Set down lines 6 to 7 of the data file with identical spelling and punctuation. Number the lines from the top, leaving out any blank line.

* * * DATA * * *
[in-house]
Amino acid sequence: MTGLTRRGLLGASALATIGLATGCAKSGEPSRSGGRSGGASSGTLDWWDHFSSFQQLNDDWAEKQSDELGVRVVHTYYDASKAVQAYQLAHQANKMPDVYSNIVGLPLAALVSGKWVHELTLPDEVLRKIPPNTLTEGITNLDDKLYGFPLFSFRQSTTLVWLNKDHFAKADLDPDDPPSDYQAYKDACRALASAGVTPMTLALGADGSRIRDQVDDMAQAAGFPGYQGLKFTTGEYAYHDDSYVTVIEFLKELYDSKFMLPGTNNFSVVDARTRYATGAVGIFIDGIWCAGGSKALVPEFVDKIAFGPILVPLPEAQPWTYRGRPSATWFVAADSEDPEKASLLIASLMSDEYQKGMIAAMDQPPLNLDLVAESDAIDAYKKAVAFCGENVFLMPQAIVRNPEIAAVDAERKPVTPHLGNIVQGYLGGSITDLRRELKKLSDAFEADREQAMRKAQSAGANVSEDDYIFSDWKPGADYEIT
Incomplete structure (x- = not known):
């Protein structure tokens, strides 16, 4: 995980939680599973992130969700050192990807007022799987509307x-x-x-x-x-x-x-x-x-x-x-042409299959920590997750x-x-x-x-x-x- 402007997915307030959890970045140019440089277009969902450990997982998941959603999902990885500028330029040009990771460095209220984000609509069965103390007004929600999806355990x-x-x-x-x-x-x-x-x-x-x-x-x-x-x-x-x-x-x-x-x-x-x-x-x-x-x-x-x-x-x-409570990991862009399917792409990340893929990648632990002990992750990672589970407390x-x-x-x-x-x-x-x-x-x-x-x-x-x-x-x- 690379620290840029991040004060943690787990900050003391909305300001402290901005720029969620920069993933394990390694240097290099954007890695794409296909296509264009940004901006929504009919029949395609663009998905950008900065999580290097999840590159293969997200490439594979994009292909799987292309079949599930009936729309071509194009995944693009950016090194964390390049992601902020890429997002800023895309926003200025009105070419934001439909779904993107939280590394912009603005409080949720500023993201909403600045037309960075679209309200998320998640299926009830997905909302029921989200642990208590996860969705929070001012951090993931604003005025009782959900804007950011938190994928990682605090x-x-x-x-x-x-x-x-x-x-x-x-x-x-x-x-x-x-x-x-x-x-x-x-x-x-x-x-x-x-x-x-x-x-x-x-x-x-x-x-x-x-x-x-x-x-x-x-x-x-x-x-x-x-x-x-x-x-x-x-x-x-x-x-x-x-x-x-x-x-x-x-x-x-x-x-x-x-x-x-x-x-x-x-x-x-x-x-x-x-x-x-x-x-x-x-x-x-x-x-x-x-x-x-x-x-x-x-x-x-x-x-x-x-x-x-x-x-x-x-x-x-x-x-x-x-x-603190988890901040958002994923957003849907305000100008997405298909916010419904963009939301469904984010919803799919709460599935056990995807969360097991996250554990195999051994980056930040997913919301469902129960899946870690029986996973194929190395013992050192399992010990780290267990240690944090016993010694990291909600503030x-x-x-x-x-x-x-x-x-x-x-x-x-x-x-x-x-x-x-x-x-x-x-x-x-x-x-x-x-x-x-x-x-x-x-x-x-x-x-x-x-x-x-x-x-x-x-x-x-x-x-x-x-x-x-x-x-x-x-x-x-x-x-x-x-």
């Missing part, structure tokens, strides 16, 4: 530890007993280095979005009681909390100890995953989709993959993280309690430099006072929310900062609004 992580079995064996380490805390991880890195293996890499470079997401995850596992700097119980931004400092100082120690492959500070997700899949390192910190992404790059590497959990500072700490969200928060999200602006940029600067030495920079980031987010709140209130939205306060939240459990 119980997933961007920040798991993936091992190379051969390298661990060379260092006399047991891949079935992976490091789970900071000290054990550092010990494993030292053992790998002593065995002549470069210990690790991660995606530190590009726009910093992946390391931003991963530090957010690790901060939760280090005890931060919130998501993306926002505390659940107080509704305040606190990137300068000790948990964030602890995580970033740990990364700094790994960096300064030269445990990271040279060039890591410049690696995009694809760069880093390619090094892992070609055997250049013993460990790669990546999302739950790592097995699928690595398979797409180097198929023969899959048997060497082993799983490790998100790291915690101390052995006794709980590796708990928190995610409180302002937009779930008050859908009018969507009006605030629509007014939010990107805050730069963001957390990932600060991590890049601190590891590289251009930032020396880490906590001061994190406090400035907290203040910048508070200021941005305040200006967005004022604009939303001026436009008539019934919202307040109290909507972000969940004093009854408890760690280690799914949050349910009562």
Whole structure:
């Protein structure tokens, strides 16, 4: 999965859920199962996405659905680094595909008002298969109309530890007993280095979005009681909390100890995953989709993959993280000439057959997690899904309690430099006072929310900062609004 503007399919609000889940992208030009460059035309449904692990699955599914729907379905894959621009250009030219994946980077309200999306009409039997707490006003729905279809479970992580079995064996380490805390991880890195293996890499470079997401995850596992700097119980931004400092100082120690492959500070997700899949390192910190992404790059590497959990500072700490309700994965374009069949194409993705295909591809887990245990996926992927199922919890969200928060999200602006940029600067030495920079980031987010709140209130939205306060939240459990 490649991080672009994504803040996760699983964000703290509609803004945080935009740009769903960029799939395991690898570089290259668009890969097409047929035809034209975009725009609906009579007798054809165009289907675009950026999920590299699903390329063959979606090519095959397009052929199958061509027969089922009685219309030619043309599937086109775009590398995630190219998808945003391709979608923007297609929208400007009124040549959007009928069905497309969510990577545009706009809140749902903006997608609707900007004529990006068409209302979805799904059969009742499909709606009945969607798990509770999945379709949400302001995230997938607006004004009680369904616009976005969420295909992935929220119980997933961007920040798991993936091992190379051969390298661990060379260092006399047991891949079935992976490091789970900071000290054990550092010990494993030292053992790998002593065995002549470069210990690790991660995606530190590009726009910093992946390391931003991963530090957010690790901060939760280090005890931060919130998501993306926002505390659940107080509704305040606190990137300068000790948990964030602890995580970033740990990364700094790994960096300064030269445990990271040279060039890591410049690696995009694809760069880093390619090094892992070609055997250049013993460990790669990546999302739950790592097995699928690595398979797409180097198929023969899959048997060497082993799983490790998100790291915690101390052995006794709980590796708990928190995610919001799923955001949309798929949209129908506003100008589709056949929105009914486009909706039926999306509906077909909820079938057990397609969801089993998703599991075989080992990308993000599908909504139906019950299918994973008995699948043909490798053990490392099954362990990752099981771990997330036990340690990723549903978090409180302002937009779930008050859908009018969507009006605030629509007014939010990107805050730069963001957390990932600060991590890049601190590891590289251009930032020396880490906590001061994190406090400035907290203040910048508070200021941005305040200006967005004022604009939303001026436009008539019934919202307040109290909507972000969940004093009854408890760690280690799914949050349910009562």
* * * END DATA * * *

Whole structure:
């Protein structure tokens, strides 16, 4: 999965859920199962996405659905680094595909008002298969109309530890007993280095979005009681909390100890995953989709993959993280000439057959997690899904309690430099006072929310900062609004 503007399919609000889940992208030009460059035309449904692990699955599914729907379905894959621009250009030219994946980077309200999306009409039997707490006003729905279809479970992580079995064996380490805390991880890195293996890499470079997401995850596992700097119980931004400092100082120690492959500070997700899949390192910190992404790059590497959990500072700490309700994965374009069949194409993705295909591809887990245990996926992927199922919890969200928060999200602006940029600067030495920079980031987010709140209130939205306060939240459990 490649991080672009994504803040996760699983964000703290509609803004945080935009740009769903960029799939395991690898570089290259668009890969097409047929035809034209975009725009609906009579007798054809165009289907675009950026999920590299699903390329063959979606090519095959397009052929199958061509027969089922009685219309030619043309599937086109775009590398995630190219998808945003391709979608923007297609929208400007009124040549959007009928069905497309969510990577545009706009809140749902903006997608609707900007004529990006068409209302979805799904059969009742499909709606009945969607798990509770999945379709949400302001995230997938607006004004009680369904616009976005969420295909992935929220119980997933961007920040798991993936091992190379051969390298661990060379260092006399047991891949079935992976490091789970900071000290054990550092010990494993030292053992790998002593065995002549470069210990690790991660995606530190590009726009910093992946390391931003991963530090957010690790901060939760280090005890931060919130998501993306926002505390659940107080509704305040606190990137300068000790948990964030602890995580970033740990990364700094790994960096300064030269445990990271040279060039890591410049690696995009694809760069880093390619090094892992070609055997250049013993460990790669990546999302739950790592097995699928690595398979797409180097198929023969899959048997060497082993799983490790998100790291915690101390052995006794709980590796708990928190995610919001799923955001949309798929949209129908506003100008589709056949929105009914486009909706039926999306509906077909909820079938057990397609969801089993998703599991075989080992990308993000599908909504139906019950299918994973008995699948043909490798053990490392099954362990990752099981771990997330036990340690990723549903978090409180302002937009779930008050859908009018969507009006605030629509007014939010990107805050730069963001957390990932600060991590890049601190590891590289251009930032020396880490906590001061994190406090400035907290203040910048508070200021941005305040200006967005004022604009939303001026436009008539019934919202307040109290909507972000969940004093009854408890760690280690799914949050349910009562």